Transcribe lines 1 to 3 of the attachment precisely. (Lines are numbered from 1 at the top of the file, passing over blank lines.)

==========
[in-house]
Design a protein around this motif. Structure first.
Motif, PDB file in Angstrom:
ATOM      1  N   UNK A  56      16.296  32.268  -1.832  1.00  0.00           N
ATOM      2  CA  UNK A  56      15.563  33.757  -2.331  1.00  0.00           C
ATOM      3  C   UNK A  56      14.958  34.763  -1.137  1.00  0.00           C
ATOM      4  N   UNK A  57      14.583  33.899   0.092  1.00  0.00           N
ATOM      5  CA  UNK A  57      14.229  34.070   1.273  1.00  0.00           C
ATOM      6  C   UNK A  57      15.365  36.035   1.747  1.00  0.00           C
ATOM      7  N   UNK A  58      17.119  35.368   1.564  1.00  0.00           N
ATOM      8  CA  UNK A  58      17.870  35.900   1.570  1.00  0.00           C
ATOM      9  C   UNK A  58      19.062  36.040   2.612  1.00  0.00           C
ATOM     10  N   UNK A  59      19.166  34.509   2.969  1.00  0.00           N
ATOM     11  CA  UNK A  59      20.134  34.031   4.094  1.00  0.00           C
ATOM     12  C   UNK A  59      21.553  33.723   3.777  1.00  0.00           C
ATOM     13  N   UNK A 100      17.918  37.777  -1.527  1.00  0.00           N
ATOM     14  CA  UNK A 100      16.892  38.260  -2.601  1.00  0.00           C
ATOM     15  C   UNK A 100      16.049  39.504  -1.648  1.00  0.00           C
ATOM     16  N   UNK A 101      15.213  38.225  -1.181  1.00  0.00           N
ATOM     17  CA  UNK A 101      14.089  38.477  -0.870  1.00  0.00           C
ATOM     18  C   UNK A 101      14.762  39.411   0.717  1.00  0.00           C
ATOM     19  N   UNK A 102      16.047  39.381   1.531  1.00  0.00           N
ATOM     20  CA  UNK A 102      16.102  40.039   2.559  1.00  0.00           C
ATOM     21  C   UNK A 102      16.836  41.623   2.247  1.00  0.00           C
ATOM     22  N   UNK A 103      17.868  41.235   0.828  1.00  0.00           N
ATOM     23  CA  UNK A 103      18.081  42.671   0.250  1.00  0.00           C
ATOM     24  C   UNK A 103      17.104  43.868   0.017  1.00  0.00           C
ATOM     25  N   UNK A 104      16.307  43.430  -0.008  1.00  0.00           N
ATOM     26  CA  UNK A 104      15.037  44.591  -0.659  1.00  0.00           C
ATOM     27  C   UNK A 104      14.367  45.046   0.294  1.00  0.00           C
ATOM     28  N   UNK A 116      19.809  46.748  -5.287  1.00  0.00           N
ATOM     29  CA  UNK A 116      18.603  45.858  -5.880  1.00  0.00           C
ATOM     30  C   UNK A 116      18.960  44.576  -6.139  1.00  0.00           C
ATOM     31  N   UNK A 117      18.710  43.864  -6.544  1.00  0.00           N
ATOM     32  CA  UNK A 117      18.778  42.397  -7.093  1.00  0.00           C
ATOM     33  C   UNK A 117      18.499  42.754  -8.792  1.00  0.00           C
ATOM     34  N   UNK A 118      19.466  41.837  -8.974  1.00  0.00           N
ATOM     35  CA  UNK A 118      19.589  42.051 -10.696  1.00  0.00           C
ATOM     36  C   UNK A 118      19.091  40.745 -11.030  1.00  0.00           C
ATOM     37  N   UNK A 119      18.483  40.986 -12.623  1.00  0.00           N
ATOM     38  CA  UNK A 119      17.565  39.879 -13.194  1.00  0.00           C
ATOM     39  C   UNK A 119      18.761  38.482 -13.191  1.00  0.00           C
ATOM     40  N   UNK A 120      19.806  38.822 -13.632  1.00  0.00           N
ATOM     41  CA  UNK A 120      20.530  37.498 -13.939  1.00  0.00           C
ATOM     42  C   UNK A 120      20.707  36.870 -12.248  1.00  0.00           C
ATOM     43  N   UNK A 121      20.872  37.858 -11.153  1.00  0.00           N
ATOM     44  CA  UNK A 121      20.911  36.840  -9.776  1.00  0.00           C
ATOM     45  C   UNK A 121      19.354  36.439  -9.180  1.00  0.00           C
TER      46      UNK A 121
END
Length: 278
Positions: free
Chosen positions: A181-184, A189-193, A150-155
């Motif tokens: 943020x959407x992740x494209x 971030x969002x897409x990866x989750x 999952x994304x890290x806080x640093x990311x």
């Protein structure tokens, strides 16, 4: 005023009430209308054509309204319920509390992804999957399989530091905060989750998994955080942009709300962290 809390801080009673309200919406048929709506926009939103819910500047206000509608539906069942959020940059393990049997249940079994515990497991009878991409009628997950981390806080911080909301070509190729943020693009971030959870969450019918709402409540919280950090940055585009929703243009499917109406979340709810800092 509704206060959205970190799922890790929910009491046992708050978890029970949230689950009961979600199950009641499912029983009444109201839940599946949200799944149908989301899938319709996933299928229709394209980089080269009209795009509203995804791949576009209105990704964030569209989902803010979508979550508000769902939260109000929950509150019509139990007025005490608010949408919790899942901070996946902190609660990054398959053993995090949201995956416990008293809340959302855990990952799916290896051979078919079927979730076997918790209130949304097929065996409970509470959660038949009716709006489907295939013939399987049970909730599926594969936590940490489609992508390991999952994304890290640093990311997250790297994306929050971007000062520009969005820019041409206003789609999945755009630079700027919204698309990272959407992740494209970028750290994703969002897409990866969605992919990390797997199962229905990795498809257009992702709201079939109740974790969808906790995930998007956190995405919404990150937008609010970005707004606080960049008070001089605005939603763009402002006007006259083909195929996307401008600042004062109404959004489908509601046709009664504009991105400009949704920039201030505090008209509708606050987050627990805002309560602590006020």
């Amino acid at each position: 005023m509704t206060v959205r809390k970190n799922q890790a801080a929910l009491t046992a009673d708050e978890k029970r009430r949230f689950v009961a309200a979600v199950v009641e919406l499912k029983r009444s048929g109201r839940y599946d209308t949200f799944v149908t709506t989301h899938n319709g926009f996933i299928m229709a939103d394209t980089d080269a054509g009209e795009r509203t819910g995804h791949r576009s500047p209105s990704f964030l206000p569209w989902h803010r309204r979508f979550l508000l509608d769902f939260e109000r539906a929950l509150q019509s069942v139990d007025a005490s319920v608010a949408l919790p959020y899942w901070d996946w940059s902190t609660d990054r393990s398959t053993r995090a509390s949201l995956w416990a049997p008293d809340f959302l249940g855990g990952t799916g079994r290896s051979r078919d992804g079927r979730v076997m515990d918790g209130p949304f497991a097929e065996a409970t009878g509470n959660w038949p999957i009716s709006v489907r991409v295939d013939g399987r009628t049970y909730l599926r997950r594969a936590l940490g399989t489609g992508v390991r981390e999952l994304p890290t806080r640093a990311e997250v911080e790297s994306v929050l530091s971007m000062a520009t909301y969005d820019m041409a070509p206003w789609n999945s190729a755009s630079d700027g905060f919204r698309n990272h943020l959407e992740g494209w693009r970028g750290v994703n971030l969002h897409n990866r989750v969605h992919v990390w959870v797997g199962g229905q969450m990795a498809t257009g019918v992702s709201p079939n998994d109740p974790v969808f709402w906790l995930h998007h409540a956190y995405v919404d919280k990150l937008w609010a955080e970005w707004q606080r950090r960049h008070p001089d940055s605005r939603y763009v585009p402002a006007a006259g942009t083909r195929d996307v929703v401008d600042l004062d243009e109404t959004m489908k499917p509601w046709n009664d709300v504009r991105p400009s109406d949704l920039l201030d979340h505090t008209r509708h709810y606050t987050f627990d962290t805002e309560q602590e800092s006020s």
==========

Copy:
[in-house]
Design a protein around this motif. Structure first.
Motif, PDB file in Angstrom: